More specifically, with a sperm bank. This goes without saying, I’m not talking about human sperm. About four or so years ago, 70 Billion spermatozoa and 22 Billion coral embryos were collected and frozen by Australian scientists and tucked away into the sperm bank of Dubbo Zoo in hopes of renewing the staggering biodiversity of The Great Barrier Reef. With so many factors – both environmental and at the hand of man – threatening these delicate ecosystems, the future of the roughly 400 coral species, 1,500 fish species and 4,000 assorted Mollusca found off the coast of Queensland, Australia is relatively unforeseeable. This weekend, however, the project will be entering a new phase, leaving us with a smidge of promise that these animals will remain salubrious. The sperm bank will be utilizing IVF technology to cryo-preserve more sperm from the reef with liquid nitrogen and save it for the future. Dr. Rebecca Spindler, the Manager of Research and Conservation at the Taronga Conservation Society, explains, “The animals stay alive and frozen in liquid nitrogen without any level of biodegration, really, over hundreds of years as an insurance, and this is a really powerful conservation tool”. The bank is currently in possession of over a trillion cells, allowing the scientists to study the biology of the coral from a genetic standpoint as it’s the purest possible genetic sample. So how are they creating such a large reserve? Whole colonies are collected of various species and then wined-and-dined until they spawn. Eggs and sperm are collected and preserved not unlike in a human fertility clinic. Here’s where it gets exciting – over the next few weeks the sperm will be used to fertilize coral eggs from this year’s spawning. Mary Hagedorn of the Smithsonian Institute of Hawaii, one of the first to develop the project, has plans to apply this methodology on not only corals, but fish, urchins, and even algae. We’re talking about a technology that will essentially recreate an entire ecosystem. They currently have six species of coral from The Great Barrier Reef. They’ll be growing them at the sea simulator in Townsville, part of the Australian Institute of Marine Science. In the end, the main goal is to restore the reef and create a more resilient environment. I’ll leave you with this quote from Dr. Spindler, as it summarizes the heart of the project in its rawest form.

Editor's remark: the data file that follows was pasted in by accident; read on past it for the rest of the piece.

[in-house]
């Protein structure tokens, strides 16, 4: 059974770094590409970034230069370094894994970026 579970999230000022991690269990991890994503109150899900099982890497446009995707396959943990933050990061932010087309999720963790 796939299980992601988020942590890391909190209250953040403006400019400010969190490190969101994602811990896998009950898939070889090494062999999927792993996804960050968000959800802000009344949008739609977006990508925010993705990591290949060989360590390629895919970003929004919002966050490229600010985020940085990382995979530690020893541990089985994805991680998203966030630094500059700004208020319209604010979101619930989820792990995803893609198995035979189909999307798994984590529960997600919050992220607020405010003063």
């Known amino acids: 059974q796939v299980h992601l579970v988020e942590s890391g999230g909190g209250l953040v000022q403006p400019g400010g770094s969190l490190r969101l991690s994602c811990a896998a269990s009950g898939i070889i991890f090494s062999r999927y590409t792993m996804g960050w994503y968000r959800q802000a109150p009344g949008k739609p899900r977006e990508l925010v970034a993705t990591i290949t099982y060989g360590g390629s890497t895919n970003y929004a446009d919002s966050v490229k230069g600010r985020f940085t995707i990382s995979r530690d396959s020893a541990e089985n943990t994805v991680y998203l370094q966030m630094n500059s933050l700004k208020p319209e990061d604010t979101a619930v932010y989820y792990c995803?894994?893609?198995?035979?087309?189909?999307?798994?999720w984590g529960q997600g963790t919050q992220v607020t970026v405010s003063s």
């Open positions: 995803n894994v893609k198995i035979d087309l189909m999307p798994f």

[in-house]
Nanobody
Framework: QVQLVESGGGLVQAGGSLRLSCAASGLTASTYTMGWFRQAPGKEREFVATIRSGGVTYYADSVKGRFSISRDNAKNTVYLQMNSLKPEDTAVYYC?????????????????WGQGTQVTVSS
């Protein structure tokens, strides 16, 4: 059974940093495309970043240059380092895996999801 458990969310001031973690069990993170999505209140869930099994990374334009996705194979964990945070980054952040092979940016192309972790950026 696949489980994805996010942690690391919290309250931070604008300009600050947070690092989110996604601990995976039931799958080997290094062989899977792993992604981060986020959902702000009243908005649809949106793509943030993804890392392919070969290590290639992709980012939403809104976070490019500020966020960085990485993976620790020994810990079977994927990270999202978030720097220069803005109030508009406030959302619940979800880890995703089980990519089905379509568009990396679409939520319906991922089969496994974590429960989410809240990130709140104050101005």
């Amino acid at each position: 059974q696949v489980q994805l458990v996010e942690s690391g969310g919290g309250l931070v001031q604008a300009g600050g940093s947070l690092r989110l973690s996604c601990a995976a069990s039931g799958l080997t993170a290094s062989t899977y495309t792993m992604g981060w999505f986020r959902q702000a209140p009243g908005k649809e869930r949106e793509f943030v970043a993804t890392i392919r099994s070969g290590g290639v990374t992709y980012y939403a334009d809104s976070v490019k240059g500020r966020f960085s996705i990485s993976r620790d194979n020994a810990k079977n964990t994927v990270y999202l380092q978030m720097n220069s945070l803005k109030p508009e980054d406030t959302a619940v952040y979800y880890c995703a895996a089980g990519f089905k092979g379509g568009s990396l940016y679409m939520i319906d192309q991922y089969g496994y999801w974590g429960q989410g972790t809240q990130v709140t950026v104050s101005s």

“If you think about the Great Barrier Reef as a piece of cloth, it looks a little bit like lacework right now because there are so many localized threats. There are degraded areas, there are areas that have been subject to threats that are stopping those areas functioning. If we can restore those areas, reseed those areas and restore function to the reef as a whole, overall it will be more resilient.”